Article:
Miners, like most participants in the network, are known only by the public key address used by all participants to send and receive transactions. In addition to transaction fees, miners earn rewards in the form of Bitcoins when they solve a computationally-intensive puzzle and win the right to add the next block in the chain.
Proof of Work
The puzzle requires a miner’s computer to crunch numbers until it finds a combination that produces a number that meets the criteria designated by the protocol. This math problem is difficult to solve, but a correct solution is easy for others in the network to verify quickly. Known as “proof of work,” this protocol produces a consensus among participants that the blocks in the chain are valid, showing that the “state of truth” for the blockchain is accepted by all participants.
The process of investing computing power to earn rewards maintains the network because it does the work of adding transactions to the chain, but it also incentivizes the continued participation, maintenance and existence of the network over time.
When a Strength Becomes a Weakness
Bitcoin’s blockchain and its governing protocol deliver much of what Nakamoto and others envisioned: a secure way to create a peer-to-peer value transfer system without a central authority. Central banks are among the many that have recognized the potential of the intersection of distributed database technology, cryptography, incentive structures, and ledger-based accounting—the blockchain.
But the same qualities that make the Bitcoin blockchain useful for its participants (it’s public, maintained through a decentralized participant-driven network, and pseudonymous) make it an unacceptable tool for most financial services business applications. There are no controls or barriers to directly joining a network beyond a computer and technical know-how. This is a problem when a business such as a financial institution is required to comply with Know Your Customer or anti-money laundering rules. If anyone can join the network without any processes to confirm identity, a business can’t know who’s on the other end of a transaction without an intermediary of some kind.
Blockchain Permission Matrix
|Who Can Make Changes to the Blockchain?||Who Can Read Information from the Blockchain?|
|Permissioned Public||Only authorized parties||Anyone|
|Permissioned Private||Only authorized parties||Only authorized parties|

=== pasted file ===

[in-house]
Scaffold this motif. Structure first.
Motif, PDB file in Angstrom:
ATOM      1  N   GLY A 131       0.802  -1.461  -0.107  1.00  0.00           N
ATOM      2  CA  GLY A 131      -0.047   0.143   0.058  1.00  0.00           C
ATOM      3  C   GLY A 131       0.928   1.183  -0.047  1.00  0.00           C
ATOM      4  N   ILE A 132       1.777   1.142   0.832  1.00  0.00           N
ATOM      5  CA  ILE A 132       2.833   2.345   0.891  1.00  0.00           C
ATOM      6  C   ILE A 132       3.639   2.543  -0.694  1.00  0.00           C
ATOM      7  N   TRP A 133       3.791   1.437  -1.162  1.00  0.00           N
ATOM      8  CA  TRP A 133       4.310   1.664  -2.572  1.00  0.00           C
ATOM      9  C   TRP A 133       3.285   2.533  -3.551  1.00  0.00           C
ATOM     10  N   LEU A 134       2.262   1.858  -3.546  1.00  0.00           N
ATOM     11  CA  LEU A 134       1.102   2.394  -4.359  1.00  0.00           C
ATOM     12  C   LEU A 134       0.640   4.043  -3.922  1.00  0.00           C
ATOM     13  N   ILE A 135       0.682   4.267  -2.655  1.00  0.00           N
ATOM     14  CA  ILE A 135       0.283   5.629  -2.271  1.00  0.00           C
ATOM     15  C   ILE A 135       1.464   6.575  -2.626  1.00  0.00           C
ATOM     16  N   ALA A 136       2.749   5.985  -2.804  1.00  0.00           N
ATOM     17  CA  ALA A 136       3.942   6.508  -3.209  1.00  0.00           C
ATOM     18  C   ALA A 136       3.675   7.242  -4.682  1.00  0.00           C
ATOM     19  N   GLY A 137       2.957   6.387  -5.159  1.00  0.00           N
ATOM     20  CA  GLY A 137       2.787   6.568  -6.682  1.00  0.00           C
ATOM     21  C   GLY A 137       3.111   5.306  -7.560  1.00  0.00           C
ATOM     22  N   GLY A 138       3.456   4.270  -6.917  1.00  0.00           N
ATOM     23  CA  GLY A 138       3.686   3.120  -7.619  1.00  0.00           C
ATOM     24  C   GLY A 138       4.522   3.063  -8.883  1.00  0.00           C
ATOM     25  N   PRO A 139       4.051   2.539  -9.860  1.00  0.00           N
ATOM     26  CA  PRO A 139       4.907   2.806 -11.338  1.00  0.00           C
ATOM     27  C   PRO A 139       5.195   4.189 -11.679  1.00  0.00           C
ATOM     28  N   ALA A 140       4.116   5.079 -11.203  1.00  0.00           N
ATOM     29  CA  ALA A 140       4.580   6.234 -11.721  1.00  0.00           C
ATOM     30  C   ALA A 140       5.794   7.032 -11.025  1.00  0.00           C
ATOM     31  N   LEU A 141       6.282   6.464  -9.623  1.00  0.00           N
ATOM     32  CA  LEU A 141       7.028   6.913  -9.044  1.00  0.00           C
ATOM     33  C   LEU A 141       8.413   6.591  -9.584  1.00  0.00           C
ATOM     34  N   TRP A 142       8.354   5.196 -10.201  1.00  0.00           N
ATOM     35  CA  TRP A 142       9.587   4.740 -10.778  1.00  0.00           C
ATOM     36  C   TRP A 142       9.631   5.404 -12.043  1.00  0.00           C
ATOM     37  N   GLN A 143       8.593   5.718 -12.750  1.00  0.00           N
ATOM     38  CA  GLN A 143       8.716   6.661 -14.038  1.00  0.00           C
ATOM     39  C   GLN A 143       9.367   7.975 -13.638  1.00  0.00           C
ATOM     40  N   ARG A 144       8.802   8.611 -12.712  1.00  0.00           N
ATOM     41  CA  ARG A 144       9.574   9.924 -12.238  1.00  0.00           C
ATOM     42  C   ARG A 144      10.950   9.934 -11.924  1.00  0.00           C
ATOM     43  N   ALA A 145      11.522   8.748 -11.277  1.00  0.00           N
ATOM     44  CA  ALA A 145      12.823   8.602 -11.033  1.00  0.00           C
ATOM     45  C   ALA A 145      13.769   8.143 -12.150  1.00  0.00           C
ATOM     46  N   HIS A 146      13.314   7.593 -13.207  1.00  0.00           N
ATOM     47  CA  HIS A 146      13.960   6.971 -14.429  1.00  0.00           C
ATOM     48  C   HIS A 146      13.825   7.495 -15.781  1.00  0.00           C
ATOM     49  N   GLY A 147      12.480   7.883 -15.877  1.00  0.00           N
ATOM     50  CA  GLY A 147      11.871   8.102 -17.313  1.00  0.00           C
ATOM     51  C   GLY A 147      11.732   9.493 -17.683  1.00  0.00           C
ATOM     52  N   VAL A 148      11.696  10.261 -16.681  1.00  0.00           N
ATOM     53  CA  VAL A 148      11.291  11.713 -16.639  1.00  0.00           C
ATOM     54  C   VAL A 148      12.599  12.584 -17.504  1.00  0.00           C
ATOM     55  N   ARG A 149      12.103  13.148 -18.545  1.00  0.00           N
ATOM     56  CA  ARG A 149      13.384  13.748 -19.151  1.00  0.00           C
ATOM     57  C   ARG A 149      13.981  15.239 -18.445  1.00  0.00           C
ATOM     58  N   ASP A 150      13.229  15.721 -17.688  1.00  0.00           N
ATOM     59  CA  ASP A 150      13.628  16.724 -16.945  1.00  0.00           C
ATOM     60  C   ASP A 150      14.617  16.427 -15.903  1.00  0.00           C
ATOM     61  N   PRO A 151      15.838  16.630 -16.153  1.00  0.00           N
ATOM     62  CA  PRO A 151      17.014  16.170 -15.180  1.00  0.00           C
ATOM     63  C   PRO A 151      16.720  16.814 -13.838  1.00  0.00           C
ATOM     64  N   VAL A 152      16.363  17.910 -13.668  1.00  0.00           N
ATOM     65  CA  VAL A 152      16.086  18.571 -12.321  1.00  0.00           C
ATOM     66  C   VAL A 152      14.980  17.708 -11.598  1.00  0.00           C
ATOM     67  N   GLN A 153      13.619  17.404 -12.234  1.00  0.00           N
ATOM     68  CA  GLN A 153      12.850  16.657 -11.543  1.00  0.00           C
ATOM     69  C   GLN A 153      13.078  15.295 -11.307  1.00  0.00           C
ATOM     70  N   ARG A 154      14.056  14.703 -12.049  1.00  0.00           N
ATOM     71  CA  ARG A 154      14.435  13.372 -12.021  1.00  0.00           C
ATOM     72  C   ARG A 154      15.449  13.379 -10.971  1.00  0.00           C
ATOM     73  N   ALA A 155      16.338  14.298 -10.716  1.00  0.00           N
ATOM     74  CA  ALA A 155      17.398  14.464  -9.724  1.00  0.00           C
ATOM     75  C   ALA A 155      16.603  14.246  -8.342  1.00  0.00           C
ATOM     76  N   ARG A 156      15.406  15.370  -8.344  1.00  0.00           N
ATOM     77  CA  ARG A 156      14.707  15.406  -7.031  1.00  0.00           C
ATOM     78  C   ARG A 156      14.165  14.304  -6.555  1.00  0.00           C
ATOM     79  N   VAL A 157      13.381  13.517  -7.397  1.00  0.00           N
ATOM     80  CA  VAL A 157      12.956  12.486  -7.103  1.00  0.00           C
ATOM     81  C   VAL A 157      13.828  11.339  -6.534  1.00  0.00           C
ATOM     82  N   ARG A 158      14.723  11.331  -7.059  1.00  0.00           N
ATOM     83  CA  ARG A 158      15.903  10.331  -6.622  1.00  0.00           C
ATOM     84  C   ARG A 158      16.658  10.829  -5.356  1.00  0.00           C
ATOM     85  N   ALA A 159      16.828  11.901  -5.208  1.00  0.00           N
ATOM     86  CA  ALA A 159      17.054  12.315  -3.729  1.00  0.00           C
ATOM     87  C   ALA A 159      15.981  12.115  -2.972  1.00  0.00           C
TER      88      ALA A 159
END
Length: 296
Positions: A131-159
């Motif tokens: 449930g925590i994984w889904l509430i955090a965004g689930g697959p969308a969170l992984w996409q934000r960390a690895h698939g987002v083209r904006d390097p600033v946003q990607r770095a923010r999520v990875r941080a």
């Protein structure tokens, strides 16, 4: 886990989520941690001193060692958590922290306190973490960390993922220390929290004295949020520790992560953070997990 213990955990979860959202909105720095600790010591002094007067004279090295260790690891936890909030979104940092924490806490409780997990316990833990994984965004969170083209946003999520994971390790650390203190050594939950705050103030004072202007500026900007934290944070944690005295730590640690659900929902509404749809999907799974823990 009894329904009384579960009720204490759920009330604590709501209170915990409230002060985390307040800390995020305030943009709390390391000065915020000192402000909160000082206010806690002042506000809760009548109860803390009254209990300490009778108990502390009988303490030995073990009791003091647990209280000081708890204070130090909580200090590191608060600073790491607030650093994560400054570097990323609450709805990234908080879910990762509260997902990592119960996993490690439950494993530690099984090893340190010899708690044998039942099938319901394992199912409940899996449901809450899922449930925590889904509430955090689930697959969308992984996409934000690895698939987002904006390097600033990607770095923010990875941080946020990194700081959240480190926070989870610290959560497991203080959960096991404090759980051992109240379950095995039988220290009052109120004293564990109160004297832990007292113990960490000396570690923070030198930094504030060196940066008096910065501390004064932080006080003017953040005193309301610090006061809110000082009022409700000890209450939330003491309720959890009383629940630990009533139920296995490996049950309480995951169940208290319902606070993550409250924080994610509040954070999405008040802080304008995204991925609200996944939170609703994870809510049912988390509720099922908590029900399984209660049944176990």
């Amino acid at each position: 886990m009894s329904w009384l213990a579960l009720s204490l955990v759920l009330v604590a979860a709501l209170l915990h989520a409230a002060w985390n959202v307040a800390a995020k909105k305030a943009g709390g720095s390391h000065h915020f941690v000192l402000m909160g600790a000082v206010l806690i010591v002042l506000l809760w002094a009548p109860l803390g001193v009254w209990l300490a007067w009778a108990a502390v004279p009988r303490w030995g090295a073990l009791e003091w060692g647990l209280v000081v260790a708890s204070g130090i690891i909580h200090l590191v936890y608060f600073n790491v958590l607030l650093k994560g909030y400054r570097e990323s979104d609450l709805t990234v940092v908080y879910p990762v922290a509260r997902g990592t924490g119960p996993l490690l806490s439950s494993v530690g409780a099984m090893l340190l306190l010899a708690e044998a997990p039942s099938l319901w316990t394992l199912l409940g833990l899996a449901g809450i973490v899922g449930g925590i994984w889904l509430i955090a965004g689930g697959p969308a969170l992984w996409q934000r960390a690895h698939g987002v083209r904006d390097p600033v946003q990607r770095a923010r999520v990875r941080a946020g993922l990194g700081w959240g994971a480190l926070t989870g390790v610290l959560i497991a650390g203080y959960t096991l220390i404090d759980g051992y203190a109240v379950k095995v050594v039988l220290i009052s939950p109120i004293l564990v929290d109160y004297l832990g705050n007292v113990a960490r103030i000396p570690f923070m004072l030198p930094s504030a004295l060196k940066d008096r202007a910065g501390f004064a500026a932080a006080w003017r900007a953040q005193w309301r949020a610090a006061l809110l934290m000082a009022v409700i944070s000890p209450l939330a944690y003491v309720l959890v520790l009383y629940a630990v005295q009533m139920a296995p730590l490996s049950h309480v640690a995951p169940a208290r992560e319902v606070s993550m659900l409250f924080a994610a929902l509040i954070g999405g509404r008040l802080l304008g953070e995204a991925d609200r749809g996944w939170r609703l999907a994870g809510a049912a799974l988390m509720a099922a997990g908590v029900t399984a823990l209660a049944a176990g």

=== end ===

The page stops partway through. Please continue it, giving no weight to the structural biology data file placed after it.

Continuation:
|Permissionless Private||Anyone||Only authorized parties|
Both Bitcoin and Ethereum are meant to support public participation. The barriers to entry are low. You need only a computer capable of downloading the software and the skills to utilize it.2
A Focus on Smart Contracts
Innovators, inspired by the idea of blockchain, envisioned a more generalized platform capable of supporting numerous different applications. Among the first to consider how businesses might effectively utilize a blockchain platform was a 19-year-old Russian-Canadian. In 2013, Vitalik Buterin wrote a paper titled, “A Next Generation Smart Contract and Decentralized Application Platform.”3 The idea behind the Ethereum platform was born.
The ability of the Ethereum platform to support “smart contracts,” what Buterin describes as, “systems which automatically move digital assets according to arbitrary pre-specified rules,” offers a particularly compelling opportunity. With a smart contract, actions can be pre-programmed to execute based on different events. While “if/then” logic isn’t new, there’s potential in the ability to use sophisticated, self-executing if/then logic and complete transfers of value secured with cryptography in such a way that authenticity of the data, non-repudiation of the transaction, and a single shared data source among transacting parties can be achieved without necessarily trusting each (or any) party.
Blockchain Evolution Moving Forward
Just as blockchain platforms evolved to provide more robust (i.e., Turing complete) programming languages, more limited access to data on the blockchain and new consensus methods (e.g., proof-of-stake) will continue to evolve to meet the growing needs of the business and government entities looking to exploit them. Keeping up with the evolution will be worth the challenge.
The views expressed in this report are those of the authors and do not necessarily represent positions of the Federal Reserve Bank of Boston or the Federal Reserve System.